If the paint is peeling & flaking & it is not because of any of the above just mentioned, your best bet is to try to remove any flakiness by using a ‘reasonably’ stiff brush & brush off what you can, prior to applying a thin/watered down coat of paint to cure. There will be a problem in that over time, other parts of the surface will also become flaky & peel too.

So all in all, apply the correct method in the first place for painting your ceilings & walls drywall texture finish of plaster as to seal the surface by using thin consistency paint, or watering it down as so it absorbs into the surface to create a key ready for the final coats of paint.

I hope this article helps you & please do send it onto others so that they can do a professional job from the very start with no money or time consuming comebacks later on. I would really love & welcome your own comments & thoughts on these methods so please don't be shy!

If you like some UNIQUE amazing & creative ideas for your interior ceilings & walls just visit my websites:

Thank you for reading.

Dale Ovenstone. Go on, Create a Craze! 2012


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    • Inspired to write profile imageAUTHOR

      Dale J Ovenstone 

      5 years ago from Wales UK

      Kandis. Nothing can adhere to the surface you have described (paint, wallpaper plaster or texture) as it stands.

      It sounds like a classic case of 'distemper' whereas, years ago, emulsion paint was created in such a way as to provide a 'powdery surface/finish' for its soft mellow look/texture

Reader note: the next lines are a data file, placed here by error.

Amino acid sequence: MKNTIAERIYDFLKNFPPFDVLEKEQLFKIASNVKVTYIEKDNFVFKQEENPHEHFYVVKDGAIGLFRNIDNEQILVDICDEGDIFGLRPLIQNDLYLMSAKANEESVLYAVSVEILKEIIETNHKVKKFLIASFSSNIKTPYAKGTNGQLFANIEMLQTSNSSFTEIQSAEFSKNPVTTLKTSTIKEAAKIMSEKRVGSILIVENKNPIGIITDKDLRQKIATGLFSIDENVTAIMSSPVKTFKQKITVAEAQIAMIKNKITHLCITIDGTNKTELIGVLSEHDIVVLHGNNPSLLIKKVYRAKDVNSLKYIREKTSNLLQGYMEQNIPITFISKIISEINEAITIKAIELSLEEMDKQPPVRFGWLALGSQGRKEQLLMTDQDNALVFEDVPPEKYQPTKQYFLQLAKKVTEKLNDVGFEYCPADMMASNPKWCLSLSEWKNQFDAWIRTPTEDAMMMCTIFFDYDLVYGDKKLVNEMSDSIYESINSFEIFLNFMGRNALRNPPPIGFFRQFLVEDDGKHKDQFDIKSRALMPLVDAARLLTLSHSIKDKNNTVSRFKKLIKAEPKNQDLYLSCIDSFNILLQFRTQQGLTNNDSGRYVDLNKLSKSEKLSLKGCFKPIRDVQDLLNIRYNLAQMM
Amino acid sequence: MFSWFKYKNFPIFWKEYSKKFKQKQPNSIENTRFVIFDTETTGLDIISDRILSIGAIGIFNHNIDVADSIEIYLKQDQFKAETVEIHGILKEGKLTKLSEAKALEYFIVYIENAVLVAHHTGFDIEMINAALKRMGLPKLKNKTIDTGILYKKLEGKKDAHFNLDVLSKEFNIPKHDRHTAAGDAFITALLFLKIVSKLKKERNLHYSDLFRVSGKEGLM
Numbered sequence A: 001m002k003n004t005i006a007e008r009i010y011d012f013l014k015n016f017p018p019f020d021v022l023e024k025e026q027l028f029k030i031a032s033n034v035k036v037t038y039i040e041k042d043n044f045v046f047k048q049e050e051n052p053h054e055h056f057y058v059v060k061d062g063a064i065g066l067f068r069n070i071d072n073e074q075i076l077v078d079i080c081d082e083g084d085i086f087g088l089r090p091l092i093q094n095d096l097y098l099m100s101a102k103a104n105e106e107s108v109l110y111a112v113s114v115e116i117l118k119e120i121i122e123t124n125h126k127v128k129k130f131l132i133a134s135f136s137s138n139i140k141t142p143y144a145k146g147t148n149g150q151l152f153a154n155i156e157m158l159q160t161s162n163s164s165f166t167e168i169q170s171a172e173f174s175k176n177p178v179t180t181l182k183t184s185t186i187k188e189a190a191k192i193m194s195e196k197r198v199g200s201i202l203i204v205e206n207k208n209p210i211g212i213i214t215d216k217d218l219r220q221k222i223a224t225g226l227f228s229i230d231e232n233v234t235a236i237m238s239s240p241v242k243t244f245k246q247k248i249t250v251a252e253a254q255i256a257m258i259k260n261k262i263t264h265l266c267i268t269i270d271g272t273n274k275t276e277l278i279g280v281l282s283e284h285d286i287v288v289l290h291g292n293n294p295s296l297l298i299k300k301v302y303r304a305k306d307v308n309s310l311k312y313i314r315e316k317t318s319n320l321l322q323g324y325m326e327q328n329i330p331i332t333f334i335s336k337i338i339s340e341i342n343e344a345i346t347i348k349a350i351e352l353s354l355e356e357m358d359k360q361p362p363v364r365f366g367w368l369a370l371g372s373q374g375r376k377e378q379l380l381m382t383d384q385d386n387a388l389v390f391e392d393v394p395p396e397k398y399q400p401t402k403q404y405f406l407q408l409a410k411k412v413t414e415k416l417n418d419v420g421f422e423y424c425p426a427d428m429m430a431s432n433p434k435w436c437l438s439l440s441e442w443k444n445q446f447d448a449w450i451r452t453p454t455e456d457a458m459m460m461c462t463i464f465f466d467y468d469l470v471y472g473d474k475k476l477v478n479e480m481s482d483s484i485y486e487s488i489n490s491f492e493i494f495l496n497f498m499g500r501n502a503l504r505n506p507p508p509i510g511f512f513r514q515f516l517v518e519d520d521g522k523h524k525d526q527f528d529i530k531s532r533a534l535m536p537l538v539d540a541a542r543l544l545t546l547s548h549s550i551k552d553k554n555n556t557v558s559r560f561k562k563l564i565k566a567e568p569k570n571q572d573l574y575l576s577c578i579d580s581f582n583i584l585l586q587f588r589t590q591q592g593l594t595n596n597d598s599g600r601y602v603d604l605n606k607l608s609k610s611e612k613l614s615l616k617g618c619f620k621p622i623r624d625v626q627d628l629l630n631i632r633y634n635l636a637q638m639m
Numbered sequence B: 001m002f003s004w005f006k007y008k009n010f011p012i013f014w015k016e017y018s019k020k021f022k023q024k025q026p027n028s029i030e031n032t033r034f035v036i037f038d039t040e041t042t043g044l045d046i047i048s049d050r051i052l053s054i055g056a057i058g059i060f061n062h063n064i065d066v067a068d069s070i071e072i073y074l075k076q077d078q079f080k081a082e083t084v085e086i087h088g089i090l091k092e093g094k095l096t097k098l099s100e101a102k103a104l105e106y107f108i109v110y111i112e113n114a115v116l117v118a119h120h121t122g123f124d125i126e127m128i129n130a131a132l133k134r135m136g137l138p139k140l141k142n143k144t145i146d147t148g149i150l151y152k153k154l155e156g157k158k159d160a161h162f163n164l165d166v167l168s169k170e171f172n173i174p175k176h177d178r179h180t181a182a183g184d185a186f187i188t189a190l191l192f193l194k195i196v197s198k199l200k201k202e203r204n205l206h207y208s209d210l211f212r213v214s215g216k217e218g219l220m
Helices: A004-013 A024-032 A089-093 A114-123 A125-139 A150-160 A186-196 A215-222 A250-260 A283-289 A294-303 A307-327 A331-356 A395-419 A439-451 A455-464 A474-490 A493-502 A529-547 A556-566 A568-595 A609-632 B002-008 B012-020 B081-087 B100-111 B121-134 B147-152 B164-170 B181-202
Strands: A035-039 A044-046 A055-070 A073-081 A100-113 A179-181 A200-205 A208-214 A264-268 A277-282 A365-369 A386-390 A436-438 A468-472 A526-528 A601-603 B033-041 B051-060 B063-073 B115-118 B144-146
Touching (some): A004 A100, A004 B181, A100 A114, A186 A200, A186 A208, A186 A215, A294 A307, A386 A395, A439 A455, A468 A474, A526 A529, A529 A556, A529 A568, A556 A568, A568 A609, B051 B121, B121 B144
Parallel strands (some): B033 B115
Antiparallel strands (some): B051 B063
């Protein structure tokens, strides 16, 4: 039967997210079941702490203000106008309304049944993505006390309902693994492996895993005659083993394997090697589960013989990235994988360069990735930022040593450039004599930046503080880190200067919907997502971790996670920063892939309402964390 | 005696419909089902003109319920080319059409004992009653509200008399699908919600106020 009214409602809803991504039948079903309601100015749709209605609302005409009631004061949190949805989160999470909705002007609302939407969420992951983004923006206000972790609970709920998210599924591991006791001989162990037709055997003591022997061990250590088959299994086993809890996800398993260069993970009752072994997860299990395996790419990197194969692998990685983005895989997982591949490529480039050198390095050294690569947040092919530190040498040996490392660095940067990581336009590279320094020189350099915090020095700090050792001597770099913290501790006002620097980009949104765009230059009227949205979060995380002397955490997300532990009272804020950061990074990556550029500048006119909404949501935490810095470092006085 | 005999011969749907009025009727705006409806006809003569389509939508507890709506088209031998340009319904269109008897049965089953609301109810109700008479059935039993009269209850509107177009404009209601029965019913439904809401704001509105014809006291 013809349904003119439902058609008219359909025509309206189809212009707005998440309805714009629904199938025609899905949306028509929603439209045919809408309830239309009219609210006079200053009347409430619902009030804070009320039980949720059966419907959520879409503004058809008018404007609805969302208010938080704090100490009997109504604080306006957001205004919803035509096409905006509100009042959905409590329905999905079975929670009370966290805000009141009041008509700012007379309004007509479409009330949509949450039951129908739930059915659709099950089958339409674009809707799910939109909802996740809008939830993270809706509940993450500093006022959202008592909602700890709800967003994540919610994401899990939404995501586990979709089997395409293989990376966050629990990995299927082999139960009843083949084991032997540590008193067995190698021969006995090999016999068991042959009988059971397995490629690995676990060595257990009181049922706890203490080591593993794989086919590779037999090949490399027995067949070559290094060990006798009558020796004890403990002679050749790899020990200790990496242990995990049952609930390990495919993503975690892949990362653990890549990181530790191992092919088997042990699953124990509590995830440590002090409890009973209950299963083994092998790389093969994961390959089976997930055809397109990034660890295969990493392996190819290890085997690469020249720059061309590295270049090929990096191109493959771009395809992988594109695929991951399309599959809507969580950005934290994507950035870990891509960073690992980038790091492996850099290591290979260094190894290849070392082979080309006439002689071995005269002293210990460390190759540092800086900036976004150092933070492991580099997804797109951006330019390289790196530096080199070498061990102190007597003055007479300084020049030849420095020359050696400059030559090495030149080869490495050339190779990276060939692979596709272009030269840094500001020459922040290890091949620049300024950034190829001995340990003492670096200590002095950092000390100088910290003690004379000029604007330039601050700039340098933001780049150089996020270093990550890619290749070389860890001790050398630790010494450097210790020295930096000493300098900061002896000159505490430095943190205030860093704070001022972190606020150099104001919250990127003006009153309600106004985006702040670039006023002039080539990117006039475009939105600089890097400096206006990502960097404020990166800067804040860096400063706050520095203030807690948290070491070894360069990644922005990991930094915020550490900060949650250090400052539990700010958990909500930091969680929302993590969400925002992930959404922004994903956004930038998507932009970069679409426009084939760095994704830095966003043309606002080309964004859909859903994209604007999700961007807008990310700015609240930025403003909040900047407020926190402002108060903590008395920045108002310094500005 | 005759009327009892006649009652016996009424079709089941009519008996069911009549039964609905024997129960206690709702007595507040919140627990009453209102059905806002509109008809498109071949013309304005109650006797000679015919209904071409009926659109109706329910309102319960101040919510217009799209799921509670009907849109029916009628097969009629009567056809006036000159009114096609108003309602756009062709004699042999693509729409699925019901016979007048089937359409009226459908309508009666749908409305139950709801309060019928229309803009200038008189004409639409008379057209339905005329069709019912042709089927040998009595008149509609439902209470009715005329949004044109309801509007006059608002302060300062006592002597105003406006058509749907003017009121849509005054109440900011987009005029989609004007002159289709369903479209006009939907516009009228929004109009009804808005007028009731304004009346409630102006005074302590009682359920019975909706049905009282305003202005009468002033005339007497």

What must be done is the distemper (and everything else clinging to it) must be scraped directly off the wall/plaster board surface. Once completed, you must then wash down the surface to get rid of the powder altogether. So that you are left with a neat powder free ceiling/wall.

      Words of warning: 1: Beware of asbestos that may be present, if so, you must by law not touch such a surface yourself. Search out appropriate 'asbestos testing/removal firms' and follow their procedures, you may have to take a sample to send to them.

      2: If there is no asbestos present, the job to scrape and wash is very messy and dusty. Make sure you use masks and goggles and gloves for the job. Now you should be left with a dry, clean surface for you to begin your decorating quest.

      This new surface will be very 'porous' indeed, so you must use a propriety sealer/primer, to cure the porosity prior to decorating once again.

      Hope this helps

      Regards Dale

    • profile image


      5 years ago

      The paint on a living room wall was cracked and after peeling some away it looks to be all pink, powdery, and textured underneath, doesn't look like drywall at all but maybe a plaster? Not sure but its the whole wall. There isn't a current leak or heat problem but the paint is definitely not going to stick to anything once we do peel it all off. What should we do? Someone told us to replace the drywall on the whole wall...

    • Inspired to write profile imageAUTHOR

      Dale J Ovenstone 

      6 years ago from Wales UK

      Thanks for your comment. But what do you not understand???

    • profile image


      6 years ago

      huh i don't undrestand